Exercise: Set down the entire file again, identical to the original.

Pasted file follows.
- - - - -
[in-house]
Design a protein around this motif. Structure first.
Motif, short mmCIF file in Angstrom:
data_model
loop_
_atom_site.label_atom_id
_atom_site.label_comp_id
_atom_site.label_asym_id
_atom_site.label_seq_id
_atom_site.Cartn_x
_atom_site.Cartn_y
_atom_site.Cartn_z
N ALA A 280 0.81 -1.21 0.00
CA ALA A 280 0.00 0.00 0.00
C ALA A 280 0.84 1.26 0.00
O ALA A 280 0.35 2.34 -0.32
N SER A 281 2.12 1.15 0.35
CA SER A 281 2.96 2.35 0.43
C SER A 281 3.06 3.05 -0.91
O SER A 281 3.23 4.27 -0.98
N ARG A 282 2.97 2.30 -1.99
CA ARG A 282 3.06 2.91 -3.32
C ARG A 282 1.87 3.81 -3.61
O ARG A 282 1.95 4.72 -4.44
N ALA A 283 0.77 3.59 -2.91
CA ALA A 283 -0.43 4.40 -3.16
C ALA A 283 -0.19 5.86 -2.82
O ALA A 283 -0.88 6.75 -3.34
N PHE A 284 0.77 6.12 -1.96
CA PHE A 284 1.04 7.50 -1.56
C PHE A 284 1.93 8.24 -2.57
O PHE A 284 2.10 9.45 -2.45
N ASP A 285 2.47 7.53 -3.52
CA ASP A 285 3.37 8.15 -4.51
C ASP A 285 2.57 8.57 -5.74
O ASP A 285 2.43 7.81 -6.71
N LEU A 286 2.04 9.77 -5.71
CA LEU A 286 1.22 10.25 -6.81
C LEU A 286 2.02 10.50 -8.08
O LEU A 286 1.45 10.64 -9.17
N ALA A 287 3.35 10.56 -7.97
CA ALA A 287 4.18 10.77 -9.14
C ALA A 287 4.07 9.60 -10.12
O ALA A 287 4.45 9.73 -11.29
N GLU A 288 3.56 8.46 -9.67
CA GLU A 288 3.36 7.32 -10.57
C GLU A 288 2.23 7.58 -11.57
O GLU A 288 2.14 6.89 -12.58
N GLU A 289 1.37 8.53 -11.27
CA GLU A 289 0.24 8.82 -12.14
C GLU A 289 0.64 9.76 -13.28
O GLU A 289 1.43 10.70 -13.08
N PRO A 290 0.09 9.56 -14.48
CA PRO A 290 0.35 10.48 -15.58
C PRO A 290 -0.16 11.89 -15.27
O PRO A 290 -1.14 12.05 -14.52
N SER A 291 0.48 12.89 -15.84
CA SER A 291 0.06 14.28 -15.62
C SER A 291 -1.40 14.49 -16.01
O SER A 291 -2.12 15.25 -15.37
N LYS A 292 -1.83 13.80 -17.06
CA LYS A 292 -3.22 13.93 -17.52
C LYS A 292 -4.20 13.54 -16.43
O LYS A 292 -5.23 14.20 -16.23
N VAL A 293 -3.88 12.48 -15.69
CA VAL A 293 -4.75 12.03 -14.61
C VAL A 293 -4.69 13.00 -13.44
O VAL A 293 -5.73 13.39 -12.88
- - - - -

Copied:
[in-house]
Design a protein around this motif. Structure first.
Motif, short mmCIF file in Angstrom:
data_model
loop_
_atom_site.label_atom_id
_atom_site.label_comp_id
_atom_site.label_asym_id
_atom_site.label_seq_id
_atom_site.Cartn_x
_atom_site.Cartn_y
_atom_site.Cartn_z
N ALA A 280 0.81 -1.21 0.00
CA ALA A 280 0.00 0.00 0.00
C ALA A 280 0.84 1.26 0.00
O ALA A 280 0.35 2.34 -0.32
N SER A 281 2.12 1.15 0.35
CA SER A 281 2.96 2.35 0.43
C SER A 281 3.06 3.05 -0.91
O SER A 281 3.23 4.27 -0.98
N ARG A 282 2.97 2.30 -1.99
CA ARG A 282 3.06 2.91 -3.32
C ARG A 282 1.87 3.81 -3.61
O ARG A 282 1.95 4.72 -4.44
N ALA A 283 0.77 3.59 -2.91
CA ALA A 283 -0.43 4.40 -3.16
C ALA A 283 -0.19 5.86 -2.82
O ALA A 283 -0.88 6.75 -3.34
N PHE A 284 0.77 6.12 -1.96
CA PHE A 284 1.04 7.50 -1.56
C PHE A 284 1.93 8.24 -2.57
O PHE A 284 2.10 9.45 -2.45
N ASP A 285 2.47 7.53 -3.52
CA ASP A 285 3.37 8.15 -4.51
C ASP A 285 2.57 8.57 -5.74
O ASP A 285 2.43 7.81 -6.71
N LEU A 286 2.04 9.77 -5.71
CA LEU A 286 1.22 10.25 -6.81
C LEU A 286 2.02 10.50 -8.08
O LEU A 286 1.45 10.64 -9.17
N ALA A 287 3.35 10.56 -7.97
CA ALA A 287 4.18 10.77 -9.14
C ALA A 287 4.07 9.60 -10.12
O ALA A 287 4.45 9.73 -11.29
N GLU A 288 3.56 8.46 -9.67
CA GLU A 288 3.36 7.32 -10.57
C GLU A 288 2.23 7.58 -11.57
O GLU A 288 2.14 6.89 -12.58
N GLU A 289 1.37 8.53 -11.27
CA GLU A 289 0.24 8.82 -12.14
C GLU A 289 0.64 9.76 -13.28
O GLU A 289 1.43 10.70 -13.08
N PRO A 290 0.09 9.56 -14.48
CA PRO A 290 0.35 10.48 -15.58
C PRO A 290 -0.16 11.89 -15.27
O PRO A 290 -1.14 12.05 -14.52
N SER A 291 0.48 12.89 -15.84
CA SER A 291 0.06 14.28 -15.62
C SER A 291 -1.40 14.49 -16.01
O SER A 291 -2.12 15.25 -15.37
N LYS A 292 -1.83 13.80 -17.06
CA LYS A 292 -3.22 13.93 -17.52
C LYS A 292 -4.20 13.54 -16.43
O LYS A 292 -5.23 14.20 -16.23
N VAL A 293 -3.88 12.48 -15.69
CA VAL A 293 -4.75 12.03 -14.61
C VAL A 293 -4.69 13.00 -13.44
O VAL A 293 -5.73 13.39 -12.88